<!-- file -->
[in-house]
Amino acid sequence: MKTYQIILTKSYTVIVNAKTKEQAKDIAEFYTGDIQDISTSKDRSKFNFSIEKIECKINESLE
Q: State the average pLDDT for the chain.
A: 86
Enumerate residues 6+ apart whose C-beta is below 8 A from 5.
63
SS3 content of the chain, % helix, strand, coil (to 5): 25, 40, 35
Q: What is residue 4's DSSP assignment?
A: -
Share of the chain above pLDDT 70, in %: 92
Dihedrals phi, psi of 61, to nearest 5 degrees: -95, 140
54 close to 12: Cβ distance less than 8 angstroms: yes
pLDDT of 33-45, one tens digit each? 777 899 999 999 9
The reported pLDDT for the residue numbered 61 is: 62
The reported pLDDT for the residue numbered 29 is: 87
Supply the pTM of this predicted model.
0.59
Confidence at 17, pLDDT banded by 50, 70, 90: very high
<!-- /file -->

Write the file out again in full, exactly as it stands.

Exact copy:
[in-house]
Amino acid sequence: MKTYQIILTKSYTVIVNAKTKEQAKDIAEFYTGDIQDISTSKDRSKFNFSIEKIECKINESLE
Q: State the average pLDDT for the chain.
A: 86
Enumerate residues 6+ apart whose C-beta is below 8 A from 5.
63
SS3 content of the chain, % helix, strand, coil (to 5): 25, 40, 35
Q: What is residue 4's DSSP assignment?
A: -
Share of the chain above pLDDT 70, in %: 92
Dihedrals phi, psi of 61, to nearest 5 degrees: -95, 140
54 close to 12: Cβ distance less than 8 angstroms: yes
pLDDT of 33-45, one tens digit each? 777 899 999 999 9
The reported pLDDT for the residue numbered 61 is: 62
The reported pLDDT for the residue numbered 29 is: 87
Supply the pTM of this predicted model.
0.59
Confidence at 17, pLDDT banded by 50, 70, 90: very high